by Alex McDonald
Over the past 15 months, Hudson resident Erin Holmes has dedicated her time to helping local families avoid the pain and regret that she felt after her son died of an overdose last January. She started the local support group Learn to Cope to provide the support she needed when she learned about her son’s struggles with addiction.
“Once he was safe in treatment, I scoured the internet for any information I could find to be the most helpful parent I could,” she said.
She decided that she wanted to join a support group, and after hearing the founder of Learn To Cope talk on the radio, she knew where she wanted to go. “She was a parent, and she was saying exactly what I was feeling. I instantly felt a connection,” Holmes said.
But the closest meetings were in Worcester and Framingham. And as her son got better, the need to go to the meetings decreased. She started to go less and less.
“I thought we were in the clear. He was clean for almost a year,” Holmes said.
Almost a year after treatment, on January 22, 2016, Matthew Holmes died of an overdose of Fentanyl, an opioid much stronger than heroin. He was 22 years old.
Only about two months after her son had passed, Holmes decided she wanted to help others struggling with addiction and their families. She knew she didn’t want anyone to go through what she did.
Holmes decided she wanted to bring Learn To Cope to Hudson.
“I have been able to bring a meeting to Hudson, which will allow for more accessibility for more communities to get the support they need. I also travel around to schools and other public venues to put a face and name to this disease as well as to educate children, professionals in the field of addiction as well as law enforcement.”
Hudson High School is one of those schools. Earlier this year, Holmes helped organize an event at the high school called Hidden in Plain Sight. Holmes set up a replica of a child’s room in the mini theater and allowed parents to come into the room and see all the places their kids could hide drugs.
“I just really want to spread awareness. The most important thing I want people to learn is this is a disease and not a moral failure,” she said.
Holmes also took Hidden in Plain Sight to Quinn Middle School. She succeeded in educating many parents.
“They were in amazement, and it was a total eye-opener for them.The principal did get a lot of feedback from parents thanking [Learn To Cope] for bringing the exhibit to the school.”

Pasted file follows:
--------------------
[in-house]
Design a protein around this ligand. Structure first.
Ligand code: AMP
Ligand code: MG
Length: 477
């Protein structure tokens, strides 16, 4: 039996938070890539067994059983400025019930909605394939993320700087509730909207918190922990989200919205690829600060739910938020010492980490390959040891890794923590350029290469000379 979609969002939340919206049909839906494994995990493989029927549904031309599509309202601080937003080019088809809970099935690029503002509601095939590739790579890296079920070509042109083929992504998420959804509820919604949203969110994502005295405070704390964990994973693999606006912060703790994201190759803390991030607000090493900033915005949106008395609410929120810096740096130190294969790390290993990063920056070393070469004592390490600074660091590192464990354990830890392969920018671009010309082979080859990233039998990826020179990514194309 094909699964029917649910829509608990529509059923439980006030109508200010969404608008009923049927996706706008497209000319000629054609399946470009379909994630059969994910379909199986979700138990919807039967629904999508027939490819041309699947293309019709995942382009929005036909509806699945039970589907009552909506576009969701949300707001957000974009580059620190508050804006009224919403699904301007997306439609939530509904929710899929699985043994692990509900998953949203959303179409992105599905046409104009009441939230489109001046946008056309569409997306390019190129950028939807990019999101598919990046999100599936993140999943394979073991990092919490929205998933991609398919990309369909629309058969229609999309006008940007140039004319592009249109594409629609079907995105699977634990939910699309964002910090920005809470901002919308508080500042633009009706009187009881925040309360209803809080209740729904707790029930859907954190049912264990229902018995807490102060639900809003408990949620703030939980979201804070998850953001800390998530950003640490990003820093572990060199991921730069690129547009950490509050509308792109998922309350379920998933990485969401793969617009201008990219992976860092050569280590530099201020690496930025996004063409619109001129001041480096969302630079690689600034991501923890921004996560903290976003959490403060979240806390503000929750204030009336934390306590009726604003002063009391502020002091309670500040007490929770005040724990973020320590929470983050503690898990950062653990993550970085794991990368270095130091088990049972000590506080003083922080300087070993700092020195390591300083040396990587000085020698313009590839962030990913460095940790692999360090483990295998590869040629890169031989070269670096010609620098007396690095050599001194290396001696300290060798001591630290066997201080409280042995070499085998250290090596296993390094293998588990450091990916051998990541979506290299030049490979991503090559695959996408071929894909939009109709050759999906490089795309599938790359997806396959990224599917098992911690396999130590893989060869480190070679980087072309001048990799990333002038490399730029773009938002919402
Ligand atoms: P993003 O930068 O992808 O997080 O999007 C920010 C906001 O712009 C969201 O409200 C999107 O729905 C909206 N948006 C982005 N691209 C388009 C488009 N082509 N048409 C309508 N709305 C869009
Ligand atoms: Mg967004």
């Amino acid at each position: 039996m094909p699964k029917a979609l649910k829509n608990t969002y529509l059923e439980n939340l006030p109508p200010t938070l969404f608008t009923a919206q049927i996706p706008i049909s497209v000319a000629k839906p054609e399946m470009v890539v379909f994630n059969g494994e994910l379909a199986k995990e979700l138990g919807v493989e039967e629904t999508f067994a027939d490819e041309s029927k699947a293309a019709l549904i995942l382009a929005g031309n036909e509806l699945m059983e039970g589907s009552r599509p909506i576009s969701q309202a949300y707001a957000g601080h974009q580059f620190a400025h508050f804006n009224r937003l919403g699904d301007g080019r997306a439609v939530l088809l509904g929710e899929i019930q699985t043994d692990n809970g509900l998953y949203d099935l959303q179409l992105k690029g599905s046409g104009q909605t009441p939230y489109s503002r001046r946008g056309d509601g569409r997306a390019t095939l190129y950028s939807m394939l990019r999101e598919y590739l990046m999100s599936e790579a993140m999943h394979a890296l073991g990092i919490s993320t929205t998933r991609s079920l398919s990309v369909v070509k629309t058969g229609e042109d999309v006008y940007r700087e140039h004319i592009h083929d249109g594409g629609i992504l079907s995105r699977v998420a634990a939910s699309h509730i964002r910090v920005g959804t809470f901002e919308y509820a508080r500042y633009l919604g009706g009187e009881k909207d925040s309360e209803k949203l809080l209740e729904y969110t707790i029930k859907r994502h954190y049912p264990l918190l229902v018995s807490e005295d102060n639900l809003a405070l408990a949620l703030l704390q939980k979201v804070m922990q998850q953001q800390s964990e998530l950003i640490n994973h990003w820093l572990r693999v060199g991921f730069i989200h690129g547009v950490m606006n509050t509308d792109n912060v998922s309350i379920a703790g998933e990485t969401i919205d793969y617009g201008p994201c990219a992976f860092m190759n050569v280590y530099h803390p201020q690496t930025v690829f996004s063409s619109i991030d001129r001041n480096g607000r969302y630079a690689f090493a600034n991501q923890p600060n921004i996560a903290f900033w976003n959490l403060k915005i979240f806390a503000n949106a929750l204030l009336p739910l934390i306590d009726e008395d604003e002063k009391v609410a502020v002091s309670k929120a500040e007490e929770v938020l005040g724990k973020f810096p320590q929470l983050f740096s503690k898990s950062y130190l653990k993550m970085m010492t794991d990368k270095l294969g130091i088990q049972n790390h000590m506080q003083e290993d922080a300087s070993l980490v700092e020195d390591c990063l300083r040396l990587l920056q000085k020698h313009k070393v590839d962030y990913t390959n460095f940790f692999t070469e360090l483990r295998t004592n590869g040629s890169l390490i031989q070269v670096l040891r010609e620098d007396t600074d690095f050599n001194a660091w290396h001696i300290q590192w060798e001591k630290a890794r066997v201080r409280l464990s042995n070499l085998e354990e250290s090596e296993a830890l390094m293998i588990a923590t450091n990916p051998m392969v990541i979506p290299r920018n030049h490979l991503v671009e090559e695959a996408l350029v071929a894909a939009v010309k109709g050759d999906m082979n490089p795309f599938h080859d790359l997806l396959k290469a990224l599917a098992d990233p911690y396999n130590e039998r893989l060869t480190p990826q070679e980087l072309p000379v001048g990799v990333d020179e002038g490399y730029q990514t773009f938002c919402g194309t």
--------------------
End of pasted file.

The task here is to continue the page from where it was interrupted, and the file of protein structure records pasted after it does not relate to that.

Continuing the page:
Some parents have found drugs and been able to help their child through treatment because of the exhibit, she said.
Holmes has been helping people all around Massachusetts, even former colleague and friend, Jessica Healy. Healy is the Substance Abuse Prevention Coordinator at the Substance Abuse Coalition.
Holmes and Healy met through the coalition, and after Holmes decided to localize Learn To Cope, Healy and the coalition have partnered with Holmes on a number of initiatives.
“We have been doing lots of stuff, like she helps out with the 5k, and we are partnering with her on education efforts. The Health Department has also been helping her get all set up with Learn To Cope,”
Healy said. She loves working with Erin, and she is amazed at Holmes’ efforts.
“It’s awesome. She has got the cause. She follows her heart, and she wants to help others,” Healy said.
Holmes enjoys helping others work through substance abuse; however, it has not changed what has happened.
“Unfortunately I do not have closure. I don’t know if or when that will happen,” Holmes said.
But, she still encourages and helps everyone she can. “If I had only known what I know now. I don’t want another parent to say that or live with the guilt and regrets I have.”
Most of all, she wants to spread the idea of hope. “Never give up. Reach out to your family and friends. There is help out there for you. Don’t be ashamed. I don’t want them to lose hope. Hope is something they still have, and recovery is possible,” she said.